"It was winter and really cold, we put him in the living room on a blanket.

"It started snowing and he didn't like it at all, he has short legs and his belly was touching the snow and he ran back in the house.

"Pigs are really clever - they are cleverer than dogs and easy to train."

Francisco sleeps on a futon in a spare bedroom with the couple's four dogs, and usually one of them will cuddle up with him.

The pampered pig enjoys being in front of the fire or near a radiator, and has his own duvets and quilts.

Every morning he has a banana for breakfast, and also likes grapes and nuts and chewing on straw and hay, and is fed in the conservatory away from the dogs.

He eats special potbellied pig pet food which costs £15 for 15kg, rather than standard pig food which would cause him to gain weight, and has lots of fruit and vegetables.

Morag, from Edinburgh, said: "He's got his own quilts and duvets.

"He can't get up on the settee as much as he would like it, because pigs can't jump.

"He loves lying in front of the fire, I could put my feet on him if he was in front of the telly and gave him a belly rub.

"He sleeps on a futon which is an extra large dog bed supposed to be indestructible.

"He and the dogs sleep in the spare bedroom, he goes into his bed and one of them will jump in with him.

"It is great having a big kitchen as pigs are not nimble, it is like a five-point turn for him to move around.

"He is quite chatty, he grunts and squeaks - he is as rewarding as any cat or dog.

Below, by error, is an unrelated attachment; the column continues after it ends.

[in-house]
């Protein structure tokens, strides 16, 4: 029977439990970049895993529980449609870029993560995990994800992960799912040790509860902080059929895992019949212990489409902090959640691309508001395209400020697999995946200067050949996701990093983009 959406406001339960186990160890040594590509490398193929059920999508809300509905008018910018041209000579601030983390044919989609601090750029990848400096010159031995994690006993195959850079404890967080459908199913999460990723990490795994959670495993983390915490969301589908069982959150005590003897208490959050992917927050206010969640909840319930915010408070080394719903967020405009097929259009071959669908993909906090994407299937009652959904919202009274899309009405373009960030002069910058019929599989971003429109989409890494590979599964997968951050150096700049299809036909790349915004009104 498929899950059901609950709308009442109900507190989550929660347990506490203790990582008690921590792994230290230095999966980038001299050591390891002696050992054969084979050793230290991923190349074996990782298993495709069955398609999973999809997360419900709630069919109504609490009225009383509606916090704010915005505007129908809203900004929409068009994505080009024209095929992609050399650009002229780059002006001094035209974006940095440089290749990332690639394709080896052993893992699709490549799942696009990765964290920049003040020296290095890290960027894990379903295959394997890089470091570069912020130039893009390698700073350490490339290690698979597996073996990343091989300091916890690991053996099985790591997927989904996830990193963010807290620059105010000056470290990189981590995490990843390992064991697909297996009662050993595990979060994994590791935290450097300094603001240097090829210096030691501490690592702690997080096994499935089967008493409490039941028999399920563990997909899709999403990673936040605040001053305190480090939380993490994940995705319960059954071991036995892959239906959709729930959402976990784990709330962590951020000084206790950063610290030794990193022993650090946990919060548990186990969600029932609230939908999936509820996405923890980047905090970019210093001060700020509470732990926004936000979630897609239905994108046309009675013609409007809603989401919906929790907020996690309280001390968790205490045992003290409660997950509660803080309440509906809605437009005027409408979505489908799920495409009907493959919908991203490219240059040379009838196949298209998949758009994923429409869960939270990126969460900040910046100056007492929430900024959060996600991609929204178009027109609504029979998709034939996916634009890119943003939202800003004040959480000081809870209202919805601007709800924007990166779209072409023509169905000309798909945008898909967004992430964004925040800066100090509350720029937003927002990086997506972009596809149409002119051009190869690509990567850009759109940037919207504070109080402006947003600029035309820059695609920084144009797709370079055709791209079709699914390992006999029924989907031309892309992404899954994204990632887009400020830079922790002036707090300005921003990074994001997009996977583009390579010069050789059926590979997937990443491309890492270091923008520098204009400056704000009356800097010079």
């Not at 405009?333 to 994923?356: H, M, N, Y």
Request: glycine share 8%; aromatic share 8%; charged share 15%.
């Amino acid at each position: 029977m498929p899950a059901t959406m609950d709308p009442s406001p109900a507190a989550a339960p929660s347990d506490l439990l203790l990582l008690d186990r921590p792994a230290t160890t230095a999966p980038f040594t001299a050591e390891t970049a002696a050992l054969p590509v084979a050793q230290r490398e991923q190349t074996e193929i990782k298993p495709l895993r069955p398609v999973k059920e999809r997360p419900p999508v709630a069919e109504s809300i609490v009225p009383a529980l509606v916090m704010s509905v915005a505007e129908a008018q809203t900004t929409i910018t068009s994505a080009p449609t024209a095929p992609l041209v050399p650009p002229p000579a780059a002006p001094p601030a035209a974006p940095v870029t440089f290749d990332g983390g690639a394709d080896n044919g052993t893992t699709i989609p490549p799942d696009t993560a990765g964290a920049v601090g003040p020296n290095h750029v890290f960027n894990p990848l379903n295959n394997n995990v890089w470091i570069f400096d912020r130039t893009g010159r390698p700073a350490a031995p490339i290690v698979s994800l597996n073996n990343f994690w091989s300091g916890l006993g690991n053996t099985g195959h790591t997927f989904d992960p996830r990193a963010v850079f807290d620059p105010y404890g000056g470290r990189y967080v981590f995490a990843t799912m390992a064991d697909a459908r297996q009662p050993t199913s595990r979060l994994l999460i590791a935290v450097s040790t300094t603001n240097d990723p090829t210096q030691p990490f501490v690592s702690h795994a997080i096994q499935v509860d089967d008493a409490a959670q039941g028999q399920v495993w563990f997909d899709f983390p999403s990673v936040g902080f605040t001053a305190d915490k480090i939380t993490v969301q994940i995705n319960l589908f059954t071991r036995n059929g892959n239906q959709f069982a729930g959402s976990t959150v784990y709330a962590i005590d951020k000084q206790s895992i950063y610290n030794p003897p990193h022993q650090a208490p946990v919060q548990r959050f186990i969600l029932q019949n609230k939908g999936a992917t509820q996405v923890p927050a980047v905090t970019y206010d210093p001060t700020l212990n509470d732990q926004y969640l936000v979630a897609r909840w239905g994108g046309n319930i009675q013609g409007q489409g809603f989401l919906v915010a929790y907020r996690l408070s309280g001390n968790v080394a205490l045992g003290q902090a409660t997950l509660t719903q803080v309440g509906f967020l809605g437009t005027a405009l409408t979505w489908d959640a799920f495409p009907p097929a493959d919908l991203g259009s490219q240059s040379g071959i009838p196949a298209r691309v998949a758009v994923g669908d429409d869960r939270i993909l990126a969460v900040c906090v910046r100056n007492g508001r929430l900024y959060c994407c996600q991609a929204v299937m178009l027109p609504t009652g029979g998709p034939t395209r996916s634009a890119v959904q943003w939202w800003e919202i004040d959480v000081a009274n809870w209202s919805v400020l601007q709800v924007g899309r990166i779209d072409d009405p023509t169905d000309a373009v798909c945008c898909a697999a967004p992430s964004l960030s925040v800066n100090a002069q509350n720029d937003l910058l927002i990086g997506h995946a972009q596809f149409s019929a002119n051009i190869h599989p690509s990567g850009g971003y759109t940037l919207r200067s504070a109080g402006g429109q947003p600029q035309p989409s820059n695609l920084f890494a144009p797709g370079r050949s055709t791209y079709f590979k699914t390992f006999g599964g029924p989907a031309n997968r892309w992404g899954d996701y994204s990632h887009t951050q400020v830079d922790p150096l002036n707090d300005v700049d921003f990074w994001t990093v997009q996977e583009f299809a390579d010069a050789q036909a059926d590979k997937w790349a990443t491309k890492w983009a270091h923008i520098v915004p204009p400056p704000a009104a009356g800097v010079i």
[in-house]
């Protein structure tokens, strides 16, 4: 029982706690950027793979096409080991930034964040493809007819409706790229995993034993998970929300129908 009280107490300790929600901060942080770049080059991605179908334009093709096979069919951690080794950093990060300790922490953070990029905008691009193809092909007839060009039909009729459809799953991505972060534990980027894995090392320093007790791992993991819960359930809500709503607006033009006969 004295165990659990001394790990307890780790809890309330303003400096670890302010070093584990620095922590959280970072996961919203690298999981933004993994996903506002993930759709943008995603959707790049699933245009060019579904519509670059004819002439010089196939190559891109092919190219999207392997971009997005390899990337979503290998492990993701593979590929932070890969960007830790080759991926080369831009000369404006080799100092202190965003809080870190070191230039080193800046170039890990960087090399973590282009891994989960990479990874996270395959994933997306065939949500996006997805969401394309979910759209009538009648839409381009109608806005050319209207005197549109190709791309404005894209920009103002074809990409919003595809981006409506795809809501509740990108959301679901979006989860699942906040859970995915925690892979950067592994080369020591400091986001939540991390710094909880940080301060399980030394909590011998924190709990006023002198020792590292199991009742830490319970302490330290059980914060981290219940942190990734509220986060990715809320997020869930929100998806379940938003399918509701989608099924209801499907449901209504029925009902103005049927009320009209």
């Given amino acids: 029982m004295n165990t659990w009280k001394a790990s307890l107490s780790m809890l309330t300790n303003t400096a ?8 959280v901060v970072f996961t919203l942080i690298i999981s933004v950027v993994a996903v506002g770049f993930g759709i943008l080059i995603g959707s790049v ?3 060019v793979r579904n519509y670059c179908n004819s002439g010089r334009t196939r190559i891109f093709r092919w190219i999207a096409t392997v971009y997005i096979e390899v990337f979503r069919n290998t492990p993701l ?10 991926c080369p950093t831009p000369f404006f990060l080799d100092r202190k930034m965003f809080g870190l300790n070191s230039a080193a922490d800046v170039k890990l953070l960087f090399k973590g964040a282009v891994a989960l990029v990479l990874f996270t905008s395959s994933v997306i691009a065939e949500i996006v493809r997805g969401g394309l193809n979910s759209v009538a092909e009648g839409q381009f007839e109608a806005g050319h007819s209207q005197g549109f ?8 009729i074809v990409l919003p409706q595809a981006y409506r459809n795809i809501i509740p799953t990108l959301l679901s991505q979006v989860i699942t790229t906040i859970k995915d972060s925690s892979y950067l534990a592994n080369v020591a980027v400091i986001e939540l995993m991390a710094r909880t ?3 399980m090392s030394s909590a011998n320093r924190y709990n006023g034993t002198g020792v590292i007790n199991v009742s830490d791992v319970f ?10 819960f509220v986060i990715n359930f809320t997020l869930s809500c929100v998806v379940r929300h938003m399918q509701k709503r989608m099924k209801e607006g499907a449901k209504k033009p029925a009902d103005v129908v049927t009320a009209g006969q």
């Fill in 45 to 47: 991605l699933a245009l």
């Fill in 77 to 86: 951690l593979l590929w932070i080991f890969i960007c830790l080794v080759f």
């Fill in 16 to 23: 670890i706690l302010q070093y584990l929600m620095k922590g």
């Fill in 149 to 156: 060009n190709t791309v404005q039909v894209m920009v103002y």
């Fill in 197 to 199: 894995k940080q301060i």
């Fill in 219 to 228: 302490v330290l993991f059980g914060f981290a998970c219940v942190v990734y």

"They are clean animals, he doesn't go to the toilet in the house."

She said the trade in micropigs was 'deceptive with consequences which can be cruel'.

All the six other pigs - including Elvis, also bought as a 'micropig', who weighs 31 stone, and Max and Vera, former micropigs who were given up - live in stables.

Morag believes the 'giant porky' being peddled to well-intentioned punters is a cruel con.

She said: "Around 50 'micropigs' a month are given up as they are actually piglets.

"A small piglet will cost between £25 and £40, but a micropig can cost around £800.

"It is wishful thinking, these people will cash in if people believe what they are telling them.

"If they think people are stupid enough to believe it, they willl sell them.

"It's a big problem.

"There is no such thing as a 'micropig' breed.

"There is a piglet or a smallish pig.

"It is an animal welfare problem.

"There is no rehoming market for pigs, I'm sure a lot of them end up at the slaughterhouse.

"There are no rules for pigs being sold newborn, you can do what you want with pigs.

"People have them in the house because they are cute."

For 30 years Morag, who is vegan, dreamed of opening a rescue centre.

She added: "Last lockdown we got a lot of orphaned lambs because farmers were selling them for 'lockdown entertainment'.

"It is shocking.

"We haven't seen an increase in rehoming in lockdown but we will find the fallout after lockdown."

A message from the Editor:Thank you for reading this article. We're more reliant on your support than ever as the shift in consumer habits brought about by Coronavirus impacts our advertisers.

If you haven't already, please consider supporting our trusted, fact-checked journalism by taking out a digital subscription.